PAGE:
Private Theatre Review: Revels in Hand at Shangri-La Hotel, At The Shard in London
Perched on the 39th floor of the Shangri-La, at The Shard, inside the most lavish suite, with champagne and canapes, I couldn’t imagine a better setting for the launch of the world’s most luxurious private theatre company, Revels in Hand.
It’s not everyday you get to experience private theatre, so intimate that you’re so close you can see the sweat on their brows and glint in their eyes, let alone be hosted in the signature Shangri-La suite. With the average performance by Revels in Hand priced at £5,000, the evening only deserved to have the best room in town to officially launch, at £10,000 a night.
Revels in Hand is a luxury theatre service designed for avid theatre goers who want something unique to splash out on for friends and family, through to high net worth individuals who want to wow, and can take place in any location around the world whether it be a garden party in The Hampton, a unique way to to charm guests in a wedding marquee, or a drawing room in a gorgeous home. I was intrigued to see what was in store.
Sitting comfortably in the lounge, with upbeat authentic 1930s music playing in the background the last thing I expected was the show to start abruptly, and on time according to my Briston timepiece. What an entrance; three characters burst into the room in character and the performance was away. With champers in hand it was like watching TV, but live and in the comfort of my Facil Blancos. Even though I was up close to the actors, it wasn’t awkward to drink from my flute; I was very much a spectator. The performance of Hands Across The Sea by Noël Coward, part of Tonight at 8:30, suited the lounge perfectly.
Refreshments were served during the intermission, before we were ushered in the grand bedroom. Our seats surrounding the bed with two actors cosied up upon it, and I was fascinated to see what and how this next play would pan out. I mean, it’s not usual for any guest to visit the bedroom, let along a theatre group and an audience.
Coward’s Ways and Means was more upbeat and comical. Again, up so close to the action I could smell the coffee in the prop cups on the bed. Glancing across the room, I could see that I wasn’t the only member of the audience to crack a laugh nor the only one completely absorbed into the scene.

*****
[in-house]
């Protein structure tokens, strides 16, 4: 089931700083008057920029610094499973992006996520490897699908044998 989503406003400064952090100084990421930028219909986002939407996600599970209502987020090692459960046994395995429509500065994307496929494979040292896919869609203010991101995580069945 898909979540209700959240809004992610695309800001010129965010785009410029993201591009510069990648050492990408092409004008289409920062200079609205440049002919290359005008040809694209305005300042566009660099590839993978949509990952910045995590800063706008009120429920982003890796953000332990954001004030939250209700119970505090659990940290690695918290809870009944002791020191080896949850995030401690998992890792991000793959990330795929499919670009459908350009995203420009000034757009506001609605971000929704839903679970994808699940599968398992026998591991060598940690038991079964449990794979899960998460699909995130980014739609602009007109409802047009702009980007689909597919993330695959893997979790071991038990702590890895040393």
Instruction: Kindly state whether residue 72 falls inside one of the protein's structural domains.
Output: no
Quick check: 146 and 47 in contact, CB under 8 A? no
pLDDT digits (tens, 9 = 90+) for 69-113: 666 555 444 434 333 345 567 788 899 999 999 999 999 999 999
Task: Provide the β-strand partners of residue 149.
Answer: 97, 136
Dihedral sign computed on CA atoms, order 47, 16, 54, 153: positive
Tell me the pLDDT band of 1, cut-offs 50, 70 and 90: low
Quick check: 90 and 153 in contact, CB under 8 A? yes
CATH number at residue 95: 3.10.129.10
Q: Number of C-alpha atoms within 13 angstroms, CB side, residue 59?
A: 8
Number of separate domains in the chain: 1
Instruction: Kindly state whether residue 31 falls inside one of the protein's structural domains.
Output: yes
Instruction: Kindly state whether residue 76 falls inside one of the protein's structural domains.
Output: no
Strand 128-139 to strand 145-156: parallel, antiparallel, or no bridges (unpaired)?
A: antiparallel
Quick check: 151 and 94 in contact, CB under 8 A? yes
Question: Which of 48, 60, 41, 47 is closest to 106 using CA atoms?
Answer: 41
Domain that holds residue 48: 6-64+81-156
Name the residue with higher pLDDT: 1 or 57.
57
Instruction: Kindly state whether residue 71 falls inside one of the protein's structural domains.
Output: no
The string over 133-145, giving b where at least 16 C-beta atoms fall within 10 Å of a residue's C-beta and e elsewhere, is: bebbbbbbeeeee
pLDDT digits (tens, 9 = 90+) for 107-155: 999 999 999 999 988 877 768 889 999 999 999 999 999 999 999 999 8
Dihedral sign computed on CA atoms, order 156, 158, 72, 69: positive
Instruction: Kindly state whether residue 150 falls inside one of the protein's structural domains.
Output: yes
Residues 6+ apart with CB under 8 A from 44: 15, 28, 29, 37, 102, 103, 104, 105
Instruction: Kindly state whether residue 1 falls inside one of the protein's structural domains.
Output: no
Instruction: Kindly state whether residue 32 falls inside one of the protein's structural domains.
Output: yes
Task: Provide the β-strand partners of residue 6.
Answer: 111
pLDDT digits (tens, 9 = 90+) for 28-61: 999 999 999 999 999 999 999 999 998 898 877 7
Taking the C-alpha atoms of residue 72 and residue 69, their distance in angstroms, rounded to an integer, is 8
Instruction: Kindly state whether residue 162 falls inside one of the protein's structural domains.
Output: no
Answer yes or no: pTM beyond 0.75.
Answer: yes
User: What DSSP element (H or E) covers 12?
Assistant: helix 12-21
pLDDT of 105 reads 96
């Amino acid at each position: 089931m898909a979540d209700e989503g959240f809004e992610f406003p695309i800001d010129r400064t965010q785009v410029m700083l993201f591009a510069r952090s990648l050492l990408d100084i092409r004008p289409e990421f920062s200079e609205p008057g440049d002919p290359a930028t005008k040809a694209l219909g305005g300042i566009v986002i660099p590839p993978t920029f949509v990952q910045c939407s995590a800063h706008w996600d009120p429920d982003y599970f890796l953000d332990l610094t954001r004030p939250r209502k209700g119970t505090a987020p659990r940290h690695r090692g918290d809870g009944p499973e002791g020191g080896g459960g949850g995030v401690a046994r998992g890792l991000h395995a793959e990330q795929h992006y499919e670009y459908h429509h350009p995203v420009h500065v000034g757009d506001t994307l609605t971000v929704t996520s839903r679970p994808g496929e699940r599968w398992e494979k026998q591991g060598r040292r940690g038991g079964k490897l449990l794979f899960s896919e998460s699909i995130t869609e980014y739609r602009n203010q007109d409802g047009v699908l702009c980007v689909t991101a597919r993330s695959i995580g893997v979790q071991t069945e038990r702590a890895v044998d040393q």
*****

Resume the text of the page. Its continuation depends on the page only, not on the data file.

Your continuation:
After another mind-blowing performance, I was drawn into this concept and was thinking of the numerous ways I could convince family and friends to book Revels in Hand – from birthday parties, to work events and even a private yacht (maybe I could convince my friends to buy one of these as well).
I was lucky enough to catch up with the Revels in Hand founders afterwards – Lucy Eaton, Mel Fullbrook and Freddie Hutchins. Despite being quite a novel concept in modern times Lucy Eaton explained how private theatre is far from new: “This is theatre in its purest form. Inviting actors to one’s home or to a private gathering was the thing to do in Shakespearean times and it’s our ambition to revive this definitive form of entertainment, so loved by the aristocracy and royalty. You and your guests are so up close and personal with the actors, you can see the laughter lines.”
This is the ultimate theatrical experience for any social gathering and will have guests bragging about it for weeks. Although it’s intimate and inclusive, the audience is there to be dazzled rather than be picked on. The actors are also happy to stay and talk to guests after the performance, however they will depart if needed. Now you have the entertainment, the hardest decision is who to invite.
For more information on Revels in Hand, visit revelsinhand.com.